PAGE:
SAN BRUNO, Calif. -- IPWireless Inc. here has teamed with Flextronics Semiconductor Inc. to develop a new 0.13-micron system-on-chip IC with up to 3.5 million gates to reduce the size of high-speed wireless broadband modems to a PC card format for communicates over 3G cellular networks.
Three-year-old IPWireless is currently using a 0.18-micron ASIC chip with 1.7 million gates in its wireless 3G broadband systems to support two-way transmissions up to 9 megabit per second. The wireless broadband connection is being promoted as an alternative to cable modems and digital subscriber line (DSL) connections, said Jon Hambidge, senior director of marketing at the San Bruno company.
The current ASIC chip replaced an implementation with field-programmable gate arrays (FPGAs) and was jointly developed with Philips Semiconductors.
The new 3.5 million-gate SoC device will enable IPWireless to reduce its pocket-sized wireless modems to a PCMCIA ca rd or a small local area network (LAN) box, Hambidge said. The IPWireless system uses the UMTS TD-CDMA standards to support voice and data transmissions around the world.
The new SoC chip will contain all of the digital functions of IPWireless' 3G system. For the next nine months, however, the company will continue to sell its current design using the Philips ASIC solution. During that timeframe, the wireless broadband market is expected to grow from its infancy. "There's the potential for millions of units [per year]," Hambide told SBN. "It is a question of how quickly you get market traction."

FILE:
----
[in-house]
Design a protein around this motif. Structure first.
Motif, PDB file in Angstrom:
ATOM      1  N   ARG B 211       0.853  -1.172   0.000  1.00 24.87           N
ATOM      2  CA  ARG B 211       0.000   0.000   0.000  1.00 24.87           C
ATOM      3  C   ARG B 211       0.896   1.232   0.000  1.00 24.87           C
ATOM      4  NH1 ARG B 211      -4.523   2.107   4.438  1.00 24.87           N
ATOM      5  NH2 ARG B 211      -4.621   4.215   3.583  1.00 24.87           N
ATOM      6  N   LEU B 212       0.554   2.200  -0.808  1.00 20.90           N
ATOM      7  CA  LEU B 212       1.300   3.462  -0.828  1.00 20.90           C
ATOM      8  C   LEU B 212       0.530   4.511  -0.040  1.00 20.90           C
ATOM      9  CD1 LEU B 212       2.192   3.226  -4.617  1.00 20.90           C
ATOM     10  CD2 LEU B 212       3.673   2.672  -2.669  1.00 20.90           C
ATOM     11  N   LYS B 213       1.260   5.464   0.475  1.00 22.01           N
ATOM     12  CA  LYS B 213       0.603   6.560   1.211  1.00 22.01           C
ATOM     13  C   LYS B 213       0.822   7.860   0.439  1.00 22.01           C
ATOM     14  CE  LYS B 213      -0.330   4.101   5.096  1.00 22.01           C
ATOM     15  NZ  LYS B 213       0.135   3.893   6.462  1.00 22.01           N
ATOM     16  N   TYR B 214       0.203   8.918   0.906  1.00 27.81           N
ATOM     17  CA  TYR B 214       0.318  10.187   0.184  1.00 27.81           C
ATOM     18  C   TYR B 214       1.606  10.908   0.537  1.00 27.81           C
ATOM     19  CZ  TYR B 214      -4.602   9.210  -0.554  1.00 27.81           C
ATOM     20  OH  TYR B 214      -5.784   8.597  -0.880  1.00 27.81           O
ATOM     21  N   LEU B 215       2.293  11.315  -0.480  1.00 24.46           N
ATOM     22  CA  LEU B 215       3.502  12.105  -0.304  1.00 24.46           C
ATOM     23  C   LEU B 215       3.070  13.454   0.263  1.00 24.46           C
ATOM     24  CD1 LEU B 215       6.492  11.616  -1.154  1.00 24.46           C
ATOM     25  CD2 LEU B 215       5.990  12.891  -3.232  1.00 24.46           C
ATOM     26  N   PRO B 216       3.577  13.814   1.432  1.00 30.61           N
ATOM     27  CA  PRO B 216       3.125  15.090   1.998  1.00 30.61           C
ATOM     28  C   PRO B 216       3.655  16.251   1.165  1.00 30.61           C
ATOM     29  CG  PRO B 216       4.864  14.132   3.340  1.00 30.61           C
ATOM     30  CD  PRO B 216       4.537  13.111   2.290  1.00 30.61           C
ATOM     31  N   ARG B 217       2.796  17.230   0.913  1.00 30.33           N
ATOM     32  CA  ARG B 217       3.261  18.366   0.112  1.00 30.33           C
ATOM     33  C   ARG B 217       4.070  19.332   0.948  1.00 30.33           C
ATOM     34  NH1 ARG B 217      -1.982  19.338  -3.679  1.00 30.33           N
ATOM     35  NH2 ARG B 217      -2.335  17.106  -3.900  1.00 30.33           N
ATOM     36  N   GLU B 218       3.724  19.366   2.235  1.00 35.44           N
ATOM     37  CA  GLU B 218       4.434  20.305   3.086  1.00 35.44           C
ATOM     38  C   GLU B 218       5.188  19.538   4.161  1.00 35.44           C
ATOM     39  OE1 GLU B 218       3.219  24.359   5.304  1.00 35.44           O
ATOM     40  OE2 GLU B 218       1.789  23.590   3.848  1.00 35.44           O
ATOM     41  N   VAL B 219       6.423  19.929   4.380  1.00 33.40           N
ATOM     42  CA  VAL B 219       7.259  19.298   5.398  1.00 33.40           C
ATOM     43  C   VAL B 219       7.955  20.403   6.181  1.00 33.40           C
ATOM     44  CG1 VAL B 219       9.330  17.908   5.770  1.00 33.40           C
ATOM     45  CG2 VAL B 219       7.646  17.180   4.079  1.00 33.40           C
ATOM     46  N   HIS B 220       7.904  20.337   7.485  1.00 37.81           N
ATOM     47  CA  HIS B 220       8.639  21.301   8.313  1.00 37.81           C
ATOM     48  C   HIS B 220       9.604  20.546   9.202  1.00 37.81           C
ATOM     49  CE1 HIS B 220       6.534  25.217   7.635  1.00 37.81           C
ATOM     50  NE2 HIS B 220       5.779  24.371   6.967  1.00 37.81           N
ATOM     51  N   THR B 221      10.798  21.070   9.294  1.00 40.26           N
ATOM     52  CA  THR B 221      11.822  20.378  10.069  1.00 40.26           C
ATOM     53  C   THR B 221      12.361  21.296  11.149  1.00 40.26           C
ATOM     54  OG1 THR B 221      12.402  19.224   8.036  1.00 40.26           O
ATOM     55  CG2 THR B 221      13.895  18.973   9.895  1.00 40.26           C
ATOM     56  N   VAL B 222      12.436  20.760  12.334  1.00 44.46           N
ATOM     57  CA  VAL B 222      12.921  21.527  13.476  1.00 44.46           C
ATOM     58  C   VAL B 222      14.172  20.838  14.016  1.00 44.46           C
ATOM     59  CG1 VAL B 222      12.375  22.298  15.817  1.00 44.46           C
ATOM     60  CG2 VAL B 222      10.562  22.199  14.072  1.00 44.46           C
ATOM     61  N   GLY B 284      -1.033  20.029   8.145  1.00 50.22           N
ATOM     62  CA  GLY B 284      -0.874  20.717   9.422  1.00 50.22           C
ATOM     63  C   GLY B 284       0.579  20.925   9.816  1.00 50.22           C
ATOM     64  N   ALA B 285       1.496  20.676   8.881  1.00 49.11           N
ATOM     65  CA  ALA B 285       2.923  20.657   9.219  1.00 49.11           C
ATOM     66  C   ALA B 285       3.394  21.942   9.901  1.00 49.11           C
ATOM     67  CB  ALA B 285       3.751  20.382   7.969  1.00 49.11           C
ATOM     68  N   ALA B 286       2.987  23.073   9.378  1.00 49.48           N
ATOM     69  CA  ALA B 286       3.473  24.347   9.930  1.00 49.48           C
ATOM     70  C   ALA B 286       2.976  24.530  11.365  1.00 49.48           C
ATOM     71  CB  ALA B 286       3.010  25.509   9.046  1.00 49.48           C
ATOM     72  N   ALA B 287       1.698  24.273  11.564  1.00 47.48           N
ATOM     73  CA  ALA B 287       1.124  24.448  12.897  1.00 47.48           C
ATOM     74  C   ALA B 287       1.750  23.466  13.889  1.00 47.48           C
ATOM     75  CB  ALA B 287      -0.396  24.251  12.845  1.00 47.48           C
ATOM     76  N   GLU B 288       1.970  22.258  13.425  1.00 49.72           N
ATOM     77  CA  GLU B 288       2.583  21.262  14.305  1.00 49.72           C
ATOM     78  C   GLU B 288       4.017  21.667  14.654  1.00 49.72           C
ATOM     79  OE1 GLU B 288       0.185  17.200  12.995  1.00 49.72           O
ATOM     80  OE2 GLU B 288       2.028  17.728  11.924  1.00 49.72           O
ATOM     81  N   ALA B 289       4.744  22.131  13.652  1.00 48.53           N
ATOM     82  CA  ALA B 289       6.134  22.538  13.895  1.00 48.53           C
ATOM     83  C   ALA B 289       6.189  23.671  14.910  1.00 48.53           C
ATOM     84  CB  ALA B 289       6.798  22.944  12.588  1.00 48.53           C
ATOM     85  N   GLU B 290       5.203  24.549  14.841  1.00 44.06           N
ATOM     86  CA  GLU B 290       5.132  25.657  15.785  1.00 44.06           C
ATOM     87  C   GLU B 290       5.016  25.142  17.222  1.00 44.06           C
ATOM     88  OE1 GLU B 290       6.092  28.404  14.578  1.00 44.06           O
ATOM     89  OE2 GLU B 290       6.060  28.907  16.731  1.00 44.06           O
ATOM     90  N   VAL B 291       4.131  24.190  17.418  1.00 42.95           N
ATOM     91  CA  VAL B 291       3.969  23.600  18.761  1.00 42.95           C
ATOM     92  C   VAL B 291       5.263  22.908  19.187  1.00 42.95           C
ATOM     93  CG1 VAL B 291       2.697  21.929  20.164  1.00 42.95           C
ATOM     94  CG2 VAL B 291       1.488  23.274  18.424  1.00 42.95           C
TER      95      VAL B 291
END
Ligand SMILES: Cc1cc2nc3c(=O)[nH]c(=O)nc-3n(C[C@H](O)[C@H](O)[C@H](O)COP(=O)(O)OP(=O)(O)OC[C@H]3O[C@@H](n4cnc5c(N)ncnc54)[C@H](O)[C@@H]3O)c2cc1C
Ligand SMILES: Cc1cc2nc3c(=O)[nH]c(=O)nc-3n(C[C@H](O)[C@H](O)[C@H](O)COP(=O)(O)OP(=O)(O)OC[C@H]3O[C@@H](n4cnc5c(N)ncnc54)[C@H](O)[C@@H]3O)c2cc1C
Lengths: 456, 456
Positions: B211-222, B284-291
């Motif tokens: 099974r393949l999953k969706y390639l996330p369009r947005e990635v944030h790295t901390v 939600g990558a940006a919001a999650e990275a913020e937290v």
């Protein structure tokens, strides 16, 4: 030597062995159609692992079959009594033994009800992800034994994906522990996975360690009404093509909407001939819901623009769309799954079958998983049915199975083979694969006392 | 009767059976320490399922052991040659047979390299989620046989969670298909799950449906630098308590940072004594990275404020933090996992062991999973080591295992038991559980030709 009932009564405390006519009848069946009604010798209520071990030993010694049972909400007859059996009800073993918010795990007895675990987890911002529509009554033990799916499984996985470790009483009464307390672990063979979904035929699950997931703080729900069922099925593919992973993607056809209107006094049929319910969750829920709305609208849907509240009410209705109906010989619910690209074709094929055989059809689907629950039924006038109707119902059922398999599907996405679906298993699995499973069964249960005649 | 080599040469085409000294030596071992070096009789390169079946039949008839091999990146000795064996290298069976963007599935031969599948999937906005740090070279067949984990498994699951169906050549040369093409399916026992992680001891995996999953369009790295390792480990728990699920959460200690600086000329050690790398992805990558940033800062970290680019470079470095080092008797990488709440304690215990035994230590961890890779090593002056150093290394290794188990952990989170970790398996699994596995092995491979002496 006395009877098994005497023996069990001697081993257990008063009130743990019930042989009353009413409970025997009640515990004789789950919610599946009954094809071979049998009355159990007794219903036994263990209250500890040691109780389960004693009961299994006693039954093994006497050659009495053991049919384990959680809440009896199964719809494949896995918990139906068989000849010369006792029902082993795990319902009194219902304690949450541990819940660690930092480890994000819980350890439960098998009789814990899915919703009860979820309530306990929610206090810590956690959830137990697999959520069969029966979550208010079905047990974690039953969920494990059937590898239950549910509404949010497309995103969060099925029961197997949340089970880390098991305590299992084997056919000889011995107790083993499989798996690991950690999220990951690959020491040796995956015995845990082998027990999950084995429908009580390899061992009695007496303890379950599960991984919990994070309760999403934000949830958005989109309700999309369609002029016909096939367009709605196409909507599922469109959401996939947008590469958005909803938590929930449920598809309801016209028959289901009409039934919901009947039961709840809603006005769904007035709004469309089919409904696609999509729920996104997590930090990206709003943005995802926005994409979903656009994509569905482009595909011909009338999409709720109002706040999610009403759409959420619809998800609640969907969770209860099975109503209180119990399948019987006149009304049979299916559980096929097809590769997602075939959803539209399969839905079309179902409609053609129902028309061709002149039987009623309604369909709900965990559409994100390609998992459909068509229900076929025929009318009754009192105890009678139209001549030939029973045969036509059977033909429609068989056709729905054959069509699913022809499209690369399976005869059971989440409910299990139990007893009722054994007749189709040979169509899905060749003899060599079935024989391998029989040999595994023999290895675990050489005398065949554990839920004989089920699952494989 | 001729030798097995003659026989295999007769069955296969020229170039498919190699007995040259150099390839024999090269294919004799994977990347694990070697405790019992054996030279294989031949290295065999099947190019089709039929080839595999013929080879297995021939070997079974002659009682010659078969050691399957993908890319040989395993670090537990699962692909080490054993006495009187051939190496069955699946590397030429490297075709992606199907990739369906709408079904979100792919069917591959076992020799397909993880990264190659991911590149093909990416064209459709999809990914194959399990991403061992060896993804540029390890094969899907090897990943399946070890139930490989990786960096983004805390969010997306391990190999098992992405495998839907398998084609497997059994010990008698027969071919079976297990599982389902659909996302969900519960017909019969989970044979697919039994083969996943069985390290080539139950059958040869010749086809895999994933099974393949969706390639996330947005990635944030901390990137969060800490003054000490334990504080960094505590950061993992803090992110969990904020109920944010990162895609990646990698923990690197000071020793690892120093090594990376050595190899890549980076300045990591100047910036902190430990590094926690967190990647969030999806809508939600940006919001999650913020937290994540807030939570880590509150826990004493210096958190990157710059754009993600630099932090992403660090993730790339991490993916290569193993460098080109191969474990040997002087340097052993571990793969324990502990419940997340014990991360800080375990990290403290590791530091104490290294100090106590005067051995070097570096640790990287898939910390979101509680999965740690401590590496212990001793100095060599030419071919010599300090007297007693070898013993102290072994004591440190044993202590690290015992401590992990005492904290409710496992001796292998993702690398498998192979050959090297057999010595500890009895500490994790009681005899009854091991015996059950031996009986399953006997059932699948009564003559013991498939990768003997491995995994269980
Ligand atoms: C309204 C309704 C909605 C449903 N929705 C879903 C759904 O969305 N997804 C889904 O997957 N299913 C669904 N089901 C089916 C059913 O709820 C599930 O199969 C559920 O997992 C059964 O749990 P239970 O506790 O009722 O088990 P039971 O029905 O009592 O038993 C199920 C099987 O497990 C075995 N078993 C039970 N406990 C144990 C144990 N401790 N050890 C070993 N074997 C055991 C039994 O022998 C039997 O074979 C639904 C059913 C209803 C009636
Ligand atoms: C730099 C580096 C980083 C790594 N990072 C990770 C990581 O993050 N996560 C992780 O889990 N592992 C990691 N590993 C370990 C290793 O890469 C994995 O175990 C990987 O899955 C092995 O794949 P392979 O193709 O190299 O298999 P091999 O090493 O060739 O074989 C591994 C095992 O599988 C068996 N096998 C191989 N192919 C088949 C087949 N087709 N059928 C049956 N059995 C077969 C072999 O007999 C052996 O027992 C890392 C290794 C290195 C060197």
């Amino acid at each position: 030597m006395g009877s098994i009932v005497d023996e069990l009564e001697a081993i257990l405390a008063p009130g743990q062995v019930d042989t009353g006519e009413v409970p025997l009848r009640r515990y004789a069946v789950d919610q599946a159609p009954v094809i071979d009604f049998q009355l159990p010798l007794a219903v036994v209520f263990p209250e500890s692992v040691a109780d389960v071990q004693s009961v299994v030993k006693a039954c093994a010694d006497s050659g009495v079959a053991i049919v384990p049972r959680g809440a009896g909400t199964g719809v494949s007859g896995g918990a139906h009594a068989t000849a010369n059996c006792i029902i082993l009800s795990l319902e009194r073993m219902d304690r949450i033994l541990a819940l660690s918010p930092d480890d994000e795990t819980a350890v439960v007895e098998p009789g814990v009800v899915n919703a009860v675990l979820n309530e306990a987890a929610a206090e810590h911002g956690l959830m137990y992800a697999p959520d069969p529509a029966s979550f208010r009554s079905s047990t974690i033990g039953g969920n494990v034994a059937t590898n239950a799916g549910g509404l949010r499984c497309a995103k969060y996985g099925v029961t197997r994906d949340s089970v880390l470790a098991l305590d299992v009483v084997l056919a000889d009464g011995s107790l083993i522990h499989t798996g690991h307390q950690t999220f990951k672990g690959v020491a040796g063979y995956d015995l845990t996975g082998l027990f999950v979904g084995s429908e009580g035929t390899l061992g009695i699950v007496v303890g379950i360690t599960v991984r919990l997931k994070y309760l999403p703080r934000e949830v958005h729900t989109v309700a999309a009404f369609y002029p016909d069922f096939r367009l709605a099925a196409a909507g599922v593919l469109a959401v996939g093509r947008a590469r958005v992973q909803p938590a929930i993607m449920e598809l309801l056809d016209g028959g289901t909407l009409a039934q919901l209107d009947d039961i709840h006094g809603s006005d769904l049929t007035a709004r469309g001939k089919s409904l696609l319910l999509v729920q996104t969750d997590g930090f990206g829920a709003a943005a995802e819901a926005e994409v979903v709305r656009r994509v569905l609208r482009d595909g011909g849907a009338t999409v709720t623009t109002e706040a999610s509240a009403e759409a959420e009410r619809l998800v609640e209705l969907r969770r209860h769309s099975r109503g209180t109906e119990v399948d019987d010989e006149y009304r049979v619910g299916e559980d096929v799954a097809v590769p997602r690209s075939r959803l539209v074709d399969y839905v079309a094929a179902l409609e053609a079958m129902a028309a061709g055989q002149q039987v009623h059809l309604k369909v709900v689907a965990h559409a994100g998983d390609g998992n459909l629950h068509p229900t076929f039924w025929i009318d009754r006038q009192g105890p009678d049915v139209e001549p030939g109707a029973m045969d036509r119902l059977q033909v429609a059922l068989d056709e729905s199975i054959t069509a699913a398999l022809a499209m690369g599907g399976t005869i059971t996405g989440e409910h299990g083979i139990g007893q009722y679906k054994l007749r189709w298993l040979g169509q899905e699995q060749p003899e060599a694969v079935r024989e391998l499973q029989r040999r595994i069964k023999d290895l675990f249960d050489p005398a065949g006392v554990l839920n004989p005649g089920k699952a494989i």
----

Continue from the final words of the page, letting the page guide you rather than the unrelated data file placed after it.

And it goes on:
And market traction is exactly what IPWireless is aiming for with its new design project at Flextronics Semiconductor, which was formed by electronics systems contract manufacturer Flextronics International Ltd. after it acquired Dii Semiconductor several years ago.
"We offer the first TD-CDMA [Time Division-Code Division Multiple Access hybrid system] for the TDD standards for wideband CDMA," Hamb idge said. The product currently works in two spectrum ranges--the MMDS spectrums in the U.S. with 2.5-to-2.7 GHz, and the IMT-2000 1.9 GHz frequency in the rest of the world.
"Within the bounds of the standards have developed sophisticated signal processing technology and other techniques, which require us to do our own custom designs," said the marketing vice president. "Our first version of the modem was based on FPGAs and was probably three times the size of the current ASIC-based product."